Supplies of papayas are ample right now, though demand for the fruit has slowed slightly. “There are quite a lot of papayas available--the majority of fruit is out of Mexico,” says Lance Peterson of Super Starr International. “Central America has a fair amount too and there’s also a little bit that comes out of South America. But it’s very small.”
Production out of these regions is year-round, though volumes fluctuate somewhat at times. “Usually in the summertime, it’s easier to produce papaya because the weather conditions are better so more fruit comes off,” he says, noting that volume is slightly up right now compared to this time last year.
As for demand for the tropical fruit, it’s fair. “The markets have been kind of slow across the board on all fruits and vegetables. But it’s steady,” says Peterson. “We’ve felt this for the last six weeks to two months.” As the holiday season approaches, papaya demand continues to taper off somewhat though it picks up again at the start of the New Year. “That’s when demand is strong again because everybody’s New Year’s resolutions start and everyone wants to eat healthy again,” he says.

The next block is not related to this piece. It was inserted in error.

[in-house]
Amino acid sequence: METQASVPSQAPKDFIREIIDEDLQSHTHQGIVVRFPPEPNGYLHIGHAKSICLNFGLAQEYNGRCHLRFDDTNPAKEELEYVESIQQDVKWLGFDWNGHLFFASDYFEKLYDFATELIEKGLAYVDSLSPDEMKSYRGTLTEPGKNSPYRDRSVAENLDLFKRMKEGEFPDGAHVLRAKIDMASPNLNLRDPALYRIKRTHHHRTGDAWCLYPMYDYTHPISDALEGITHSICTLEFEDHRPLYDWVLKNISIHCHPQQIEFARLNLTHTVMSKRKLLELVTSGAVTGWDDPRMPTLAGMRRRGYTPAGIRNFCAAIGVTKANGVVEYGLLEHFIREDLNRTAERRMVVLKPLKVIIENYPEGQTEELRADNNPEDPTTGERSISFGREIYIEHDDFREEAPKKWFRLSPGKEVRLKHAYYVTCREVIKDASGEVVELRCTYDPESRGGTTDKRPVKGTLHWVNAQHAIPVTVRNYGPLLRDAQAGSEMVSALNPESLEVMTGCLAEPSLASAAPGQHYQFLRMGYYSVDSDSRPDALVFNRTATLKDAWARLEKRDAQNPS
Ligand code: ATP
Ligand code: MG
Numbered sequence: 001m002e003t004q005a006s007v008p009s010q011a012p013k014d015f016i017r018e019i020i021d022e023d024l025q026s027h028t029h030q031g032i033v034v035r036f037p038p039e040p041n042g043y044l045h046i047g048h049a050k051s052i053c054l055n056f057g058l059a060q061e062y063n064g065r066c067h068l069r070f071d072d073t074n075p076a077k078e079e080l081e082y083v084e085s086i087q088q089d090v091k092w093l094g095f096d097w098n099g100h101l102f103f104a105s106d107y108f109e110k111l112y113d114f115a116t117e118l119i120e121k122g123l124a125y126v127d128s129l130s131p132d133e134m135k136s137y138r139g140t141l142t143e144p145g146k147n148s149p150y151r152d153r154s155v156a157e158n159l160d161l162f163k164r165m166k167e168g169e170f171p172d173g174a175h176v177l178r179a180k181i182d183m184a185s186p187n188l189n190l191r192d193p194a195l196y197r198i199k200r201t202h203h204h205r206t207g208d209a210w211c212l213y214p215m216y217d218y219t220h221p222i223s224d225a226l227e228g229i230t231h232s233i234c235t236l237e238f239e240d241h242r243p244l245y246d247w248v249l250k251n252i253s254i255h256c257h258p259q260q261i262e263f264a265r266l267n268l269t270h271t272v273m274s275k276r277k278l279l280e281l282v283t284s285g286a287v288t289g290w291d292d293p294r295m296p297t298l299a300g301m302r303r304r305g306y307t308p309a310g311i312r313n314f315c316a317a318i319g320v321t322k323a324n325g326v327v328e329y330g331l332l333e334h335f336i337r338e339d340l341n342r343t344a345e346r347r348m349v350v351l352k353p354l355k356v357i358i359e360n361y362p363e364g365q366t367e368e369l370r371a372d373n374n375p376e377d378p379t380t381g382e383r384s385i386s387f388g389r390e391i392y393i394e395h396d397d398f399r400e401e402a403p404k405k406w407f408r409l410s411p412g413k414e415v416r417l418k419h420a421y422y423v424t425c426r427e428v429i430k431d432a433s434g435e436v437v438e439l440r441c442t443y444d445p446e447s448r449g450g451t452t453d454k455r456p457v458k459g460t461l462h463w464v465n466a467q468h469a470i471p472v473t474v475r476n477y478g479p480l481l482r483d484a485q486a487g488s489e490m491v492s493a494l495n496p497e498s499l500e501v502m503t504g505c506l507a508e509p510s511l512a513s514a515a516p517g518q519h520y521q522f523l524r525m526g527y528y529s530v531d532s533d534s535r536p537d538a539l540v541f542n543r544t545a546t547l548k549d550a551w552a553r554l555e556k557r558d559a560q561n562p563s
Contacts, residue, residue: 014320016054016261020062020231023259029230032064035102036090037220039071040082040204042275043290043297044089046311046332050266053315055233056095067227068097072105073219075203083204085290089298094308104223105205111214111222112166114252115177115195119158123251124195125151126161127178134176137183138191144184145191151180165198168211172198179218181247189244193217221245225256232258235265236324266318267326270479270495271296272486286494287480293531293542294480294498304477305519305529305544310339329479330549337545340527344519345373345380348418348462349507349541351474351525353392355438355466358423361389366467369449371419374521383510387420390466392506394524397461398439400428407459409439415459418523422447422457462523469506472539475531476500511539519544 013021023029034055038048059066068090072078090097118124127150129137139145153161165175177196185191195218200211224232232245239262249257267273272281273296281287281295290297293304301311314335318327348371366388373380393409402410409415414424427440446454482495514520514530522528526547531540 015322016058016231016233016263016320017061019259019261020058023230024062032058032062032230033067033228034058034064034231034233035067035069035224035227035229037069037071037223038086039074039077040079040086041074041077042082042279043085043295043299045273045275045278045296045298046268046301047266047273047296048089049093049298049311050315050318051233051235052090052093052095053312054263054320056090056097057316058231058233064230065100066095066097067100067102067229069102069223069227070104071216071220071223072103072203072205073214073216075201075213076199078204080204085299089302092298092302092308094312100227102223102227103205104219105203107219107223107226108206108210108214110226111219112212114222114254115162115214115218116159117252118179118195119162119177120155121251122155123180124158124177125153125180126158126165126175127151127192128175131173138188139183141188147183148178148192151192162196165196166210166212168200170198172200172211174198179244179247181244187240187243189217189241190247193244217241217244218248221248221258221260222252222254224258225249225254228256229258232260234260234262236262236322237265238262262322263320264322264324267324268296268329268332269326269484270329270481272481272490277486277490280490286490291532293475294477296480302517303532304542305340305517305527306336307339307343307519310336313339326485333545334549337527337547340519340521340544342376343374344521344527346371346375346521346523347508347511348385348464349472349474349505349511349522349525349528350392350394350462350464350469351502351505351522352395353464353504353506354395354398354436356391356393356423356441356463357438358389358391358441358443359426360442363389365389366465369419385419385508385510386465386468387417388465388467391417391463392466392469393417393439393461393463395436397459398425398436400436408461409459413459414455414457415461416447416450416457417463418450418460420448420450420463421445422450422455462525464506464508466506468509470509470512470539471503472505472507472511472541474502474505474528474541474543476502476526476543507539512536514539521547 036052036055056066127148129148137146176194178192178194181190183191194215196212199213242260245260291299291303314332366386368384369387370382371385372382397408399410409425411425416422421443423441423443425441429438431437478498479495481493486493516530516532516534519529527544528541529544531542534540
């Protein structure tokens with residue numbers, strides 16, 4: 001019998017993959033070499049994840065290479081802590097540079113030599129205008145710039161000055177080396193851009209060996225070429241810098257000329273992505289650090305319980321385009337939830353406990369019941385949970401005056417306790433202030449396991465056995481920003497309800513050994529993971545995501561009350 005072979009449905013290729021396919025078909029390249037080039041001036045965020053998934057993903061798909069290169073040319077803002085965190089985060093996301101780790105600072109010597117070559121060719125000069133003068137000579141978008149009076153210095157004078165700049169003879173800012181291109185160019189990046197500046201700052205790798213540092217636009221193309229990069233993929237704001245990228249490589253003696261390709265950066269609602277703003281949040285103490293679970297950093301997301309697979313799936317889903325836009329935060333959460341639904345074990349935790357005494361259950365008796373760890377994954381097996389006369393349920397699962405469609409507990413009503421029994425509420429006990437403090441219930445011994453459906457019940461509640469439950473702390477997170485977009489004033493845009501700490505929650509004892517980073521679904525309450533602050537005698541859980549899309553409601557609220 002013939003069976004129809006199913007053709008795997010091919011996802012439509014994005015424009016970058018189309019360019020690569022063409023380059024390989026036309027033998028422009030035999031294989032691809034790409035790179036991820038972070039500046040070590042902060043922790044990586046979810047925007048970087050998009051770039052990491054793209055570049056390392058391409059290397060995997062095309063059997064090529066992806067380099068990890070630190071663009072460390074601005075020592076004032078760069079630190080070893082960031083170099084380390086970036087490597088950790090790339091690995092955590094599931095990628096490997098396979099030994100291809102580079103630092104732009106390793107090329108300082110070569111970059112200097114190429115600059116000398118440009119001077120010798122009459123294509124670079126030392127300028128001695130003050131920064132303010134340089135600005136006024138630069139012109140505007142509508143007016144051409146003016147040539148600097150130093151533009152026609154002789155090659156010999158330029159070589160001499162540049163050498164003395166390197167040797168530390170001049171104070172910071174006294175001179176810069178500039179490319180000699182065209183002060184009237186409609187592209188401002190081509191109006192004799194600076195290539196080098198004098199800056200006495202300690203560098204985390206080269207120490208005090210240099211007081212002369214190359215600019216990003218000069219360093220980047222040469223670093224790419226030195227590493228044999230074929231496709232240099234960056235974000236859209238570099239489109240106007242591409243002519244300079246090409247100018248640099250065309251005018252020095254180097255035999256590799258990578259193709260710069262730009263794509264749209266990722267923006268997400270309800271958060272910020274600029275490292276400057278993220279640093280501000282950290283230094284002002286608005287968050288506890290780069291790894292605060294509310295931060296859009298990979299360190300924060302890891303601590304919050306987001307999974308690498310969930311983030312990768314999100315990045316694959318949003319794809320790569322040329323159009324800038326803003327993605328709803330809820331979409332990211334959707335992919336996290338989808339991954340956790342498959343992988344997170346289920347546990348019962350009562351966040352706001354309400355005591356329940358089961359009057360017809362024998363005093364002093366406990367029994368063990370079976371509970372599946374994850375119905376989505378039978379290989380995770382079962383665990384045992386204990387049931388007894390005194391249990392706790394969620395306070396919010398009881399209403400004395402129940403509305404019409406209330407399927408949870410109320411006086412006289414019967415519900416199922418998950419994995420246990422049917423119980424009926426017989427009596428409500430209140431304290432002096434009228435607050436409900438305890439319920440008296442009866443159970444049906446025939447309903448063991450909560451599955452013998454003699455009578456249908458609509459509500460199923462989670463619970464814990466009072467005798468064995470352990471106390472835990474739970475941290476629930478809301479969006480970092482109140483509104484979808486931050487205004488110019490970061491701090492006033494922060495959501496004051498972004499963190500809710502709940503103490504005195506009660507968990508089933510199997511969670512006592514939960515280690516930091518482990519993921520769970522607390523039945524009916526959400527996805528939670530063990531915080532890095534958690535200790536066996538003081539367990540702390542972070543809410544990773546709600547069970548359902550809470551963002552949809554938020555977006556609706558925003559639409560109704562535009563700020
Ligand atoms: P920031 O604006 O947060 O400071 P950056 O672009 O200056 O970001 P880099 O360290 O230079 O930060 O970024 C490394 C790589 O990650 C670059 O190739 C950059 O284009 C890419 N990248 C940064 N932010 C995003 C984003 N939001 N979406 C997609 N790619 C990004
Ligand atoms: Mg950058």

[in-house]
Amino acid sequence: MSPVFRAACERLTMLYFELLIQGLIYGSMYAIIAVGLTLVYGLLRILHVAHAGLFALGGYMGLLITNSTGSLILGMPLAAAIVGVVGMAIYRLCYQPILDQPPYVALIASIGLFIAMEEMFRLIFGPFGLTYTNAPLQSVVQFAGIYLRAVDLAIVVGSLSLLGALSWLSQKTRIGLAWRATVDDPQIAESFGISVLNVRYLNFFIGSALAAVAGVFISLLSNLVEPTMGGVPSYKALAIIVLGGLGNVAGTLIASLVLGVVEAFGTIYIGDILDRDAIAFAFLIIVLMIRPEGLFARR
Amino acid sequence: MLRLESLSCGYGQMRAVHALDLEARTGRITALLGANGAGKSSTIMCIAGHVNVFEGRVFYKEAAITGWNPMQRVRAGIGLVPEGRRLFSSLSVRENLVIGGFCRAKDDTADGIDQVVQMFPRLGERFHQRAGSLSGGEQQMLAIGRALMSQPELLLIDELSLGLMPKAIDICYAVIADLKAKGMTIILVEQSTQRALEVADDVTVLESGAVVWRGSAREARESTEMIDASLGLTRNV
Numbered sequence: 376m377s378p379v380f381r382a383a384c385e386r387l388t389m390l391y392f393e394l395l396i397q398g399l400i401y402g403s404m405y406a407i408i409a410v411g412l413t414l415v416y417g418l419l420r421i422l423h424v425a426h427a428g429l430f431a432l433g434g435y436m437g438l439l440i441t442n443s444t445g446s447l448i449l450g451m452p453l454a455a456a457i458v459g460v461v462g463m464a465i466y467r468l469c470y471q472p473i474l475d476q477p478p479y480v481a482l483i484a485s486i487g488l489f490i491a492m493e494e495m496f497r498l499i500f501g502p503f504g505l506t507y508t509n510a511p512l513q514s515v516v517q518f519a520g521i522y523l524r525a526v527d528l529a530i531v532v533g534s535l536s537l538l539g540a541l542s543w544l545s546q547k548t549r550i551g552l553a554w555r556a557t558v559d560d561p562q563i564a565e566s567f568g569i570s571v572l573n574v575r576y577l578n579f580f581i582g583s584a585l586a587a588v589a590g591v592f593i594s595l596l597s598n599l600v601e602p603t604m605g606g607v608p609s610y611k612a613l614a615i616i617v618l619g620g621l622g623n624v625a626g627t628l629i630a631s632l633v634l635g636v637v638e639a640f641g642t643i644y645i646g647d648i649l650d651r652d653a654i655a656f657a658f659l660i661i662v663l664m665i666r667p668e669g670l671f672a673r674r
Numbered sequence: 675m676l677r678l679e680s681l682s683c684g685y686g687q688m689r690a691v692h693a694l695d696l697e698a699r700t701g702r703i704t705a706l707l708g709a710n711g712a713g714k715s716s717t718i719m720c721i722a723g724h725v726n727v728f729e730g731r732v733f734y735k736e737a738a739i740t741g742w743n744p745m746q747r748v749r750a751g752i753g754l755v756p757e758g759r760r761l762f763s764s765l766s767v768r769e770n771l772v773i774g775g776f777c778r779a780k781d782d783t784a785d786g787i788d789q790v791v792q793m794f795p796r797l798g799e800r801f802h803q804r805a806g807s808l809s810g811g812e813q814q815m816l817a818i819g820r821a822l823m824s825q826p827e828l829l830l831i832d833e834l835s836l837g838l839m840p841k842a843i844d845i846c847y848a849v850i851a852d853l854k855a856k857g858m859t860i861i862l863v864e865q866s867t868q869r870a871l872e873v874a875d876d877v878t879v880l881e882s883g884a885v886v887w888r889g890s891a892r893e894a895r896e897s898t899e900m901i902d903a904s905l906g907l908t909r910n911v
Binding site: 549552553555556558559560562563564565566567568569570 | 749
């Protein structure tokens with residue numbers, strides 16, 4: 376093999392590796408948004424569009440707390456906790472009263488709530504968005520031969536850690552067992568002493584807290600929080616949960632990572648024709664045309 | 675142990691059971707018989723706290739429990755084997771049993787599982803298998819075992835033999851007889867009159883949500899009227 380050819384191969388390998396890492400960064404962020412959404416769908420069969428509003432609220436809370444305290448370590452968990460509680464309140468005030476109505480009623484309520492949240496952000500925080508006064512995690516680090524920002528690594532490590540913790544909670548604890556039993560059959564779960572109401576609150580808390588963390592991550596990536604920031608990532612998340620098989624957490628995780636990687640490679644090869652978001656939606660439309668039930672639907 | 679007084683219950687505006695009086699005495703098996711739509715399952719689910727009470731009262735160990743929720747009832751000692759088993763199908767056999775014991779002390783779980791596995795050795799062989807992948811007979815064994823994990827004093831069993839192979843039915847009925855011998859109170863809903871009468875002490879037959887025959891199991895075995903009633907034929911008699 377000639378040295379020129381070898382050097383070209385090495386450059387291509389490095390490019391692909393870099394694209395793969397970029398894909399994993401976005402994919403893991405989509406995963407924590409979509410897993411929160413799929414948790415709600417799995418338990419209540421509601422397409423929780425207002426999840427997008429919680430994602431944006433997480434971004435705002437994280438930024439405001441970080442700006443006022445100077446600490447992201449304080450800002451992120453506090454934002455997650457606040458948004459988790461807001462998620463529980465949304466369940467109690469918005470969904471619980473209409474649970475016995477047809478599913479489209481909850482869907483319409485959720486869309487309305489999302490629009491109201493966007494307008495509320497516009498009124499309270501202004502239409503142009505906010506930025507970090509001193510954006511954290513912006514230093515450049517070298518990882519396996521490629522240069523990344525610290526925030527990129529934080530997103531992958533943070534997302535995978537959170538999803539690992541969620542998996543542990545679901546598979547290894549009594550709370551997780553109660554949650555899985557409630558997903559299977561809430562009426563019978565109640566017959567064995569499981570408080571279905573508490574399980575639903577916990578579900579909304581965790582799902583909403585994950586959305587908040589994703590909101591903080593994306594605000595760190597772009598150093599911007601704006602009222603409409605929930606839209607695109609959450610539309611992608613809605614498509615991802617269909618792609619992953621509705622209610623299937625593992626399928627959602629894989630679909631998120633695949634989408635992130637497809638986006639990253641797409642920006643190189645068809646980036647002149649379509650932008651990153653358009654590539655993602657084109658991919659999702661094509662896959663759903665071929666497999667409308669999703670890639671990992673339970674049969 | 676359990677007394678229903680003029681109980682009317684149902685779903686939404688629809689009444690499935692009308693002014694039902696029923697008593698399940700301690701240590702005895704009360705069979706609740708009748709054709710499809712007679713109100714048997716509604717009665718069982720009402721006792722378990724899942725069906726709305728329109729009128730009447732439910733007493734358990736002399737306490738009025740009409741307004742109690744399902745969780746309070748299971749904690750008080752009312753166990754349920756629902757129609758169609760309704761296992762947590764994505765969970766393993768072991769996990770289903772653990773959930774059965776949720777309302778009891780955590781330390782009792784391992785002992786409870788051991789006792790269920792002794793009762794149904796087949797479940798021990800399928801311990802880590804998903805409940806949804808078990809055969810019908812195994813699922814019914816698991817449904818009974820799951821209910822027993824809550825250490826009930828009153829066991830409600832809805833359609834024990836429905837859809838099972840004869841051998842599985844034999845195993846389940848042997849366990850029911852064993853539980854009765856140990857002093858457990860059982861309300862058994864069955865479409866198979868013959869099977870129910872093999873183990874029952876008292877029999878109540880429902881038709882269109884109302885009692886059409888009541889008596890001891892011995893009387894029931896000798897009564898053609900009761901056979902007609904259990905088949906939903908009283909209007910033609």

Safety and quality improvements
At the same time, Peterson says that the Mexican papaya industry’s efforts toward guaranteeing good quality and safe fruit have been paying off to increase general papaya consumption. In 2020, the Texas International Produce Association (TIPA) and the then-United Fresh Produce Association created the “Food Safety Best Practices Guide for the Growing & Handling of Mexican Papaya, First Edition” guidebook. It was accompanied by virtual training which targeted growers and handlers of Mexican papaya to “bring the entire industry up to a higher base-line for food safety and minimize the potential of a future outbreak” noted TIPA.
Peterson does say that the way demand has been though, the market is holding. “I think it’s because the cost to produce has gone up significantly. The producers can’t have low prices like before because they’d be producing in the negative. So prices are holding because of higher costs,” he says.